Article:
I just finished reading some of the blogs I frequent in the evenings after the kids go to bed. It was on blogs such as these that I learned about chickens and I've now started to re-read up on vegetable gardening. Because I'm the daughter of an engineer, I think I'm cursed with said DNA and therefore must analyze every possible way of mulching, planting, and designing a garden before I actually put shovel to dirt. The sad thing is that we have been here over 2 years now and I still haven't planted anything but tomatoes.
Reading these blogs inspires me, but the couture in my country isn't quite ready to go crunchy. I've always been a fan of the country life, organics, homesteading, and living simply but I just can't shake the inner preppy self. I'd like to make water-collecting barrels, but I just think they'd look so darn tacky!
Heck, I drive an SUV, not a hybrid. I collect fine art, not recyclables. I wear pearls not birkenstocks. I admire those bloggers who post about their homemade bread. I'd love to make homemade bread every day if I didn't spend so much time ironing designer clothes and reading magazines (love the InRegister!) While others are ordering their catalogue seeds for spring, I'm drooling over all-wood cypress windows with antique levers and copper awnings as we prepare to remodel the house.
Sometimes it's the other way around though. I may not believe in co-sleeping, but I've spent more time breastfeeding than I spent in high school. I'm the only person I know who left their son intact. I don't homeschool, but I chose to stay home with my children when everyone else from LSU went on to Grad school and Medical school and their eventual careers. I'm the only girl in my group of friends who doesn't carry credit card debt and go to the mall at least once a week. My kids complain that they're the only ones who don't get Lunchables for lunch.
Before I leave to pick the kids up from carpool, I always change from my farm threads into something a little more presentable. I always think to myself, "It sure would be easier if I could just let myself leave the house like this!" Perhaps it's just a southern thing to feel like you have to put your lipstick on before crossing over your property line (or in the case of a neighborhood, before you step foot out of the front door.) Geez, in Mississippi we couldn't go to the mall without rolling our hair first!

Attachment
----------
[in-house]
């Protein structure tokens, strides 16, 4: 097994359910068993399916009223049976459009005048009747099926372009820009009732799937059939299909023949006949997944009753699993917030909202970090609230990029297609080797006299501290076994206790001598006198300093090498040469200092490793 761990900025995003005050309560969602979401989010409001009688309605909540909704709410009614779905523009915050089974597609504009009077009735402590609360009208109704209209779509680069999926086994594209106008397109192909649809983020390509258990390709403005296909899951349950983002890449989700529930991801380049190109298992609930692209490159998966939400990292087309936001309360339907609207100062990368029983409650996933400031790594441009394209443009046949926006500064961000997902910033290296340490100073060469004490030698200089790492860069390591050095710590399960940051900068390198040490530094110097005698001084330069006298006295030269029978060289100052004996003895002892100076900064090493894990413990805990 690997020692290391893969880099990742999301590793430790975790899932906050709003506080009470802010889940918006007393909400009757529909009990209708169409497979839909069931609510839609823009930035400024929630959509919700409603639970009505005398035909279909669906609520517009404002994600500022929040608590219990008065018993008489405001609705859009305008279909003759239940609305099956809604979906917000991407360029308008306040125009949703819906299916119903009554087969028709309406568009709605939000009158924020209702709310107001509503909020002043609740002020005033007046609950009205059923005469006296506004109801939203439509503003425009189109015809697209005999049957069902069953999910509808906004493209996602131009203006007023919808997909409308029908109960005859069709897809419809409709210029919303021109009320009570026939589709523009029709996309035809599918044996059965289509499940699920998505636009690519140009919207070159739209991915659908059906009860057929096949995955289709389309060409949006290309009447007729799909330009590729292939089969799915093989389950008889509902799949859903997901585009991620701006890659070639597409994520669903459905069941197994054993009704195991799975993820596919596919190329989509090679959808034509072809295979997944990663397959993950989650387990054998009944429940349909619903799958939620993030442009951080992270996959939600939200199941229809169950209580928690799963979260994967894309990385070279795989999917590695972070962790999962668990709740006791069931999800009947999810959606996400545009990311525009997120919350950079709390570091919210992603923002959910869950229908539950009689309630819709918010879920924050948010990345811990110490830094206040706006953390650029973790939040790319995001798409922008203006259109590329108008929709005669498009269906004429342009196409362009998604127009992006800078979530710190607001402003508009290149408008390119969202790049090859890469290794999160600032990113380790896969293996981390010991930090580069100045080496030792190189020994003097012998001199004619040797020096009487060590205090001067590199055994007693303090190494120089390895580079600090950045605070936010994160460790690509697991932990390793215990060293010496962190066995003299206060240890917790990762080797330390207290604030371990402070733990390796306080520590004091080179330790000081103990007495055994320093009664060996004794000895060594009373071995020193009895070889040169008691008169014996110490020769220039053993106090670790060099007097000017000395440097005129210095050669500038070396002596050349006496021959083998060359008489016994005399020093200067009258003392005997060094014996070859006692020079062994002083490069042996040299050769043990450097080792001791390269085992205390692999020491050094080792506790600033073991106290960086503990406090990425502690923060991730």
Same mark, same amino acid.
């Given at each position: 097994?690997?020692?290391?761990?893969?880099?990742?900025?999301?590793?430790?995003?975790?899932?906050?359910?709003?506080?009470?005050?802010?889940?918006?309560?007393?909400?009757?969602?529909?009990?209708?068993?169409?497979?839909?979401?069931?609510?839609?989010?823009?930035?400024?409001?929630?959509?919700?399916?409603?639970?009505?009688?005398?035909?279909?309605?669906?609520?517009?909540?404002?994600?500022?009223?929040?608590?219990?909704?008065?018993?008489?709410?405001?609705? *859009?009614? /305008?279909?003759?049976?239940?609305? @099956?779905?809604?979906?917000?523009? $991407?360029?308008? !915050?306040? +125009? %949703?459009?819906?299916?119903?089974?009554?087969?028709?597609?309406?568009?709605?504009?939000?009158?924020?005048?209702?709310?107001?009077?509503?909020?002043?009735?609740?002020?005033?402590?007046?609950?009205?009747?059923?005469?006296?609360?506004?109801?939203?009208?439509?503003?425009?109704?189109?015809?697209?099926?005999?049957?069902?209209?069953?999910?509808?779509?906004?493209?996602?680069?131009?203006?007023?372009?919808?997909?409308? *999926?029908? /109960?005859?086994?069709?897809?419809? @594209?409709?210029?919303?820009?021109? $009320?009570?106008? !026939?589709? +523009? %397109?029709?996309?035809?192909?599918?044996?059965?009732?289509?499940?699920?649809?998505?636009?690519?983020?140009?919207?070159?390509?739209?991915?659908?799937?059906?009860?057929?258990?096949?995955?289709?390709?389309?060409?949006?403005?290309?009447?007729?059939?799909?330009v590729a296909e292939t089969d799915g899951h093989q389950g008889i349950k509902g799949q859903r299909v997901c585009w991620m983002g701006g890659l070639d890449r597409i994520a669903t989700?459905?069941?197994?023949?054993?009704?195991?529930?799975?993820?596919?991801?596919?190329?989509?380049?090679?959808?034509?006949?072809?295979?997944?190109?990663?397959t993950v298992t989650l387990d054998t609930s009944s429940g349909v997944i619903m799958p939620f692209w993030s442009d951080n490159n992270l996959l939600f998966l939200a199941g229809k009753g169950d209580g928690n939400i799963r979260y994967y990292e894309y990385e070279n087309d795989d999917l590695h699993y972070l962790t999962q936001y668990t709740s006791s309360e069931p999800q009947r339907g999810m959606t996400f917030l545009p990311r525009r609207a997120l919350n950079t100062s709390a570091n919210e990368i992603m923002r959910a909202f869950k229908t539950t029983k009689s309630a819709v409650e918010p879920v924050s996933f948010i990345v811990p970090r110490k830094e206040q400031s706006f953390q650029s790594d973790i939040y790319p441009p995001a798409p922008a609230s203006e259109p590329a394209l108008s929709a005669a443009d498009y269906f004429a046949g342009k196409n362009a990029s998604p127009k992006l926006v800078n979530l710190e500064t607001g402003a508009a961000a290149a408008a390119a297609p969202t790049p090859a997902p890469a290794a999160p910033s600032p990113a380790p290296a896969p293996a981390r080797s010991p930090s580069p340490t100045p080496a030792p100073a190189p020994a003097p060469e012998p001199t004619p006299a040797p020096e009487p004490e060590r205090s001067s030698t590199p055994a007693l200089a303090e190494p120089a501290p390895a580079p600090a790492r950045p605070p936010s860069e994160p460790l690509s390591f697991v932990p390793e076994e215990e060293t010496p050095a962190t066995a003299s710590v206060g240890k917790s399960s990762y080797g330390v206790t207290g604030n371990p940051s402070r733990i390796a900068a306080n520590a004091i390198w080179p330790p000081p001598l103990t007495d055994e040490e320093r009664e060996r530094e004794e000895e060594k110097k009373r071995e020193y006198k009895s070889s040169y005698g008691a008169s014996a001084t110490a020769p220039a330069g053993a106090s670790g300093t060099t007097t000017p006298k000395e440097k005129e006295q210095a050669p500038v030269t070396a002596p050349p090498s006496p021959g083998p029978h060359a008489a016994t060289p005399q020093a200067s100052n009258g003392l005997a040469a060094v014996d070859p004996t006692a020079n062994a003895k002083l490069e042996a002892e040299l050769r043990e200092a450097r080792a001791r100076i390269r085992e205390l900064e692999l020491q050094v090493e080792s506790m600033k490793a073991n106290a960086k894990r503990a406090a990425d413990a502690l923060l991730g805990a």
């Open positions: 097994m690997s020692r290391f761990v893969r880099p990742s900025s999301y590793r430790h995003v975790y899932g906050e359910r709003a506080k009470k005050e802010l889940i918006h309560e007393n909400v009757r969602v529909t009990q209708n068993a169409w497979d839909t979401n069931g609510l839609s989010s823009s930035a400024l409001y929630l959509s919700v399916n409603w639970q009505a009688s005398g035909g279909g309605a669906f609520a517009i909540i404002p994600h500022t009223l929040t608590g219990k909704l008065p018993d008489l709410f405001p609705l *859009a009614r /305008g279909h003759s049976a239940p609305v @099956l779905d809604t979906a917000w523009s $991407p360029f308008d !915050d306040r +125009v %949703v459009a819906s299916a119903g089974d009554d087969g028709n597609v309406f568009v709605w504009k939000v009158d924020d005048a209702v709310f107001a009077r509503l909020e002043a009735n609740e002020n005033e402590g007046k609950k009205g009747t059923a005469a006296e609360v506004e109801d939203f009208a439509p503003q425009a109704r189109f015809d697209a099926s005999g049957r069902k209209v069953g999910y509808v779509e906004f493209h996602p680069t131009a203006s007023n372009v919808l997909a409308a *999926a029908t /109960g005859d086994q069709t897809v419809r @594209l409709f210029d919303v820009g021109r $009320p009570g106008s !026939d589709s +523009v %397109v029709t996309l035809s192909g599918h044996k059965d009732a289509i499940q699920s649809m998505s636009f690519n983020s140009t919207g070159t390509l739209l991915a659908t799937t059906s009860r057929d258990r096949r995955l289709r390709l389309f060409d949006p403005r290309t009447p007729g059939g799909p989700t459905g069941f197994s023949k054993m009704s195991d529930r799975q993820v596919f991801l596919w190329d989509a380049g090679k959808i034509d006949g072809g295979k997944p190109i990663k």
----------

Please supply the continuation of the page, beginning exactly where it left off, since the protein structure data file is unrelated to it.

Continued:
This last year I've found that my three wardrobes have morphed into two. I used to categorize my clothing into:
1) Bum. Clothes for washing the car and painting.
2) Socializing. Clothes for going to lunch at Silver Spoon, Calvins, dinner at Superior, or even our local Wal-Mart.
3) Church. Clothes I wear to church, weddings, or funerals.
As of 2008, I now only have Bum clothes and Church clothes. I've found that my nice stuff just keeps getting ruined by baby spit-up, hot grease from the stove, or general mishaps from outdoors. Gaining a lotta few pounds didn't help this situation either.
I sometimes wonder if I'll ever wake up and suddenly realize I'm just a farm girl. Is it possible to let go of my love for monograms, textiles, and handbags? Could I possibly ever choose canning over Crane stationery?
I realize that there is such a thing as balance. I've been balancing a lot of things up until now...or, -er playing both sides. Example: I had some extra eggs today, so I donned my *best* bum clothes, put on makeup and diamonds and brought several to daughter's teachers before school let out. It took 5 minutes before the art teacher finally realized why I had eggs with me. I guess I just looked like the type who usually brings cupcakes from WalMart.
I'd love to maintain this balance. Martha Stewart does it...with the help of a staff of about 400. One great blogger said this "Only one thing can be presentable at a time. It's either my house or me." In the last 2 years, I do feel like I've let go of a lot of the preppiness and primping. I haven't been shopping for myself in ages, and this past fall the kids went to church several times without matching outfits :) I just wonder how much will have to be let go if I'm ever going to be able to dive into a garden or compost bin. These days of "Honey, can you go feed the chickens...it's humid outside, and I just flat-ironed my hair" can't last forever--or can they?